The first-quarter high for the Chinese economy—fueled by borrowing—has worn thin in the second quarter. The China Beige Book (CBB) states that the Chinese economy improved in the second quarter “albeit modestly and unsustainably.”
The CBB research service conducted more than 4,000 interviews with firms and bankers on the ground in China to prepare its second-quarter preview. During the past three quarters, CBB data has bested Beijing’s official data in revealing the true picture of the Chinese economy as it struggles in the trade war with the United States. Official purchasing managers’ index (PMI) readings initially clashed with CBB’s numbers but then fell in line with them.
The narrative remains that there’s a pernicious side to every positive economic development in China. While manufacturing and retail carried the economy in the second quarter, inventories rose at a record pace, shadow banking (nontraditional lending) skyrocketed, and the gigantic service sector languished.
Shehzad Qazi, managing director of CBB International, expects another round of central bank stimulus if the economy weakens prior to the 70th anniversary of the People’s Republic of China.
“Current trends suggest Beijing will continue relying on various state-backed shadow lenders to help funnel credit to firms,” Qazi said.
Debt continues to increase, but the problem isn’t just its volume. It’s the growth of shadow lending, the diminishing utility of borrowing, and some of its purposes.
“Firms reported the highest share of shadow borrowing [45 percent] as a share of overall borrowing in survey history,” according to CBB. State-owned nonbanks are a major source of this shadow funding—coming at rates 6 percent higher than traditional bank loans on average.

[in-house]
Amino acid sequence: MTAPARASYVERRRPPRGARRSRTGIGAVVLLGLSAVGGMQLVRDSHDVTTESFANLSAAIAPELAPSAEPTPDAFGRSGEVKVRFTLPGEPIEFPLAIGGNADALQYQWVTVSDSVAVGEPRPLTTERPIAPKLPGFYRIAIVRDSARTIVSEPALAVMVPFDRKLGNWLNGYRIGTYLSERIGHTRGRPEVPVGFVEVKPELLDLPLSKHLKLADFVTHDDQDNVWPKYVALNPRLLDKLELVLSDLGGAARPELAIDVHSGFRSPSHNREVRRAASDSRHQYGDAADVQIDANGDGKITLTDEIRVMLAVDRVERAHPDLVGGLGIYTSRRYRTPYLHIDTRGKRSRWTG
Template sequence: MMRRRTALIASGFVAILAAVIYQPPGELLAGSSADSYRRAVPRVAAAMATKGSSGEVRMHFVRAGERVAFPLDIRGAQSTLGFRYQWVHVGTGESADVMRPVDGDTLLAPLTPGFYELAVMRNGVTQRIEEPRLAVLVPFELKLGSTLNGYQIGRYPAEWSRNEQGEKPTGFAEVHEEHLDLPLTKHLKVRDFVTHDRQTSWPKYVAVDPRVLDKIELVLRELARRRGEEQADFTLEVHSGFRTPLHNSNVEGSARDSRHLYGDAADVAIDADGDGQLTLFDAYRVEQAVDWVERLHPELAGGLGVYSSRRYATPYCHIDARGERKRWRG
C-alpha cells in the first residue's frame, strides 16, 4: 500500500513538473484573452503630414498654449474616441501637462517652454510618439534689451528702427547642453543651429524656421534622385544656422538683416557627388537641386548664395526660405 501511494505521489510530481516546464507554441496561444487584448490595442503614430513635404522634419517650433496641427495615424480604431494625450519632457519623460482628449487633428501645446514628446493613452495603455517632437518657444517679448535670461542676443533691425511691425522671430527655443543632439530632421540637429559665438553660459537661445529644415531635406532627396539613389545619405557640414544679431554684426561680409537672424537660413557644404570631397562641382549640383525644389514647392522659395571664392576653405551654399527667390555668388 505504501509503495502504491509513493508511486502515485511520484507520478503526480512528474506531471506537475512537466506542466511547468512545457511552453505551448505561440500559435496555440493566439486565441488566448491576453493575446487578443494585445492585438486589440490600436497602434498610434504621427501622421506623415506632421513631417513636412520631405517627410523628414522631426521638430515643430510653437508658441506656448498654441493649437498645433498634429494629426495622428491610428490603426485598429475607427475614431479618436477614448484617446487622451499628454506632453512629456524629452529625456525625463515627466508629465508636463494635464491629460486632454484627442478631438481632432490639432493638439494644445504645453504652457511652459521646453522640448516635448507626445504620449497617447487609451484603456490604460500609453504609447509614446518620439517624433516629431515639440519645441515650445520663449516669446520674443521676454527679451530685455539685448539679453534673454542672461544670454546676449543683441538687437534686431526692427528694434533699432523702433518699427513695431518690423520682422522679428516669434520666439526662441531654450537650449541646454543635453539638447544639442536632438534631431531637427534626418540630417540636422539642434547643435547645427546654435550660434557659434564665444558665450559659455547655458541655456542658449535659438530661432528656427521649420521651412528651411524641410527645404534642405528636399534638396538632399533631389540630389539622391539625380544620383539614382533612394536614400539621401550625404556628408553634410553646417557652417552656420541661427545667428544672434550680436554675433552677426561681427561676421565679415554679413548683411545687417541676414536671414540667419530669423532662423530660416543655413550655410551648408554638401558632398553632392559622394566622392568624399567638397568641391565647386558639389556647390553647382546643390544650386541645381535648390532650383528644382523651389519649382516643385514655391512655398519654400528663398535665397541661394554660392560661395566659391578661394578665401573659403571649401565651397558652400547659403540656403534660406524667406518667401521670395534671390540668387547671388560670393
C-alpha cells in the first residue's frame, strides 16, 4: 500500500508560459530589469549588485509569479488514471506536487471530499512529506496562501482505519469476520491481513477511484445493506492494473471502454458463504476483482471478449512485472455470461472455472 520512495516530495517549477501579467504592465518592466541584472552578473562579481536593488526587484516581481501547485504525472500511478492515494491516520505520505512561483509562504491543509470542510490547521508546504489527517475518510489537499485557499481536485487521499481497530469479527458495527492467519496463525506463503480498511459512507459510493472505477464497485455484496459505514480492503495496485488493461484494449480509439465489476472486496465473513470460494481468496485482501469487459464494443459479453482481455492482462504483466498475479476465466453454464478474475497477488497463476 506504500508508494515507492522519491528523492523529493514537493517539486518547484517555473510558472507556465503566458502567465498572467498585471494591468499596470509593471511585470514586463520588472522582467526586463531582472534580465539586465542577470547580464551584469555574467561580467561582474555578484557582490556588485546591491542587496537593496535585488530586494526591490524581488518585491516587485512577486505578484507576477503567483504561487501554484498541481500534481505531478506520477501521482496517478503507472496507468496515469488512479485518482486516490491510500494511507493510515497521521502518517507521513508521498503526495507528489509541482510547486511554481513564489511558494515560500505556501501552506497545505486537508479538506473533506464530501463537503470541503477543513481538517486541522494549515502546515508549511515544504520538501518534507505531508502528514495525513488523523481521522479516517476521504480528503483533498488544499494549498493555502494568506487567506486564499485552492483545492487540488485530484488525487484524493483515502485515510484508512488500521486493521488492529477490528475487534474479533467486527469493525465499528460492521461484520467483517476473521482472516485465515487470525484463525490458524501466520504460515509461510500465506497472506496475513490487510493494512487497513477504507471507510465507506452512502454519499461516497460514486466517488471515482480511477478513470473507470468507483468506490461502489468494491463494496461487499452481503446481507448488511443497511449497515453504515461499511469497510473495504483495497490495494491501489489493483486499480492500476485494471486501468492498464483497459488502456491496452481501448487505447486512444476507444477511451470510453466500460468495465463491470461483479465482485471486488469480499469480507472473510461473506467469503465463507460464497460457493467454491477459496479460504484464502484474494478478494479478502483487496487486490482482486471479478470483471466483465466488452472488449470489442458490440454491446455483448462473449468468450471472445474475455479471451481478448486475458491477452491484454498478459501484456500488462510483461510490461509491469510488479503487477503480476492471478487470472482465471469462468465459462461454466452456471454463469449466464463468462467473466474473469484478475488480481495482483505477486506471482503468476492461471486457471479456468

Compared with 2016, borrowing is not spearheading a massive property and commodities rally. Now in 2019, with sky-high shadow lending, CBB’s leading indicators of capital expense (CapEx) and starts suggest a property slowdown may be coming, said Qazi.
He added that, in certain cases, the borrowing isn’t necessarily funneling productive activities. Copper and aluminum companies, with their ballooning inventories due to a deceleration in construction, are having to borrow to pay vendors since they aren’t paid by clients.
The borrowing of manufacturing firms appears to be to cushion further hits from the trade war. Manufacturing CapEx barely budged.
Firms With the Upper Hand
Among the many worries Chinese policy-makers face is the faltering service sector. As economies mature, the service sector tends to grow. With a growing middle-class population, households’ discretionary spending on services increases.
For the service sector, the PMI showed the slowest expansion in May since February. Borrowing hit a six-year high, but the sector still reported slower growth. Revenue, profits, CapEx, and volumes all fell from a year ago.
Qazi said the CBB isn’t seeing problems with consumer spending or confidence right now, as retailers reported higher sales volumes despite rising prices. But the accumulation of inventories (oversupply challenges) could become problematic if sales price inflation—“the main event of Q2”—begins denting consumer demand in the near future.
For the time being, firms are gaining at the expense of consumers but are set up for a fall due to excess supply.
With the easing of trade tensions at the start of 2019, the yuan strengthened into the 6.70 neighborhood. But with China disappointing the Trump administration at the negotiating table and with the renewal of tariffs, it weakened to above 6.90. The currency’s weakness was accompanied by a 13 percent plunge in the Shanghai Composite from April 19 to May 9.
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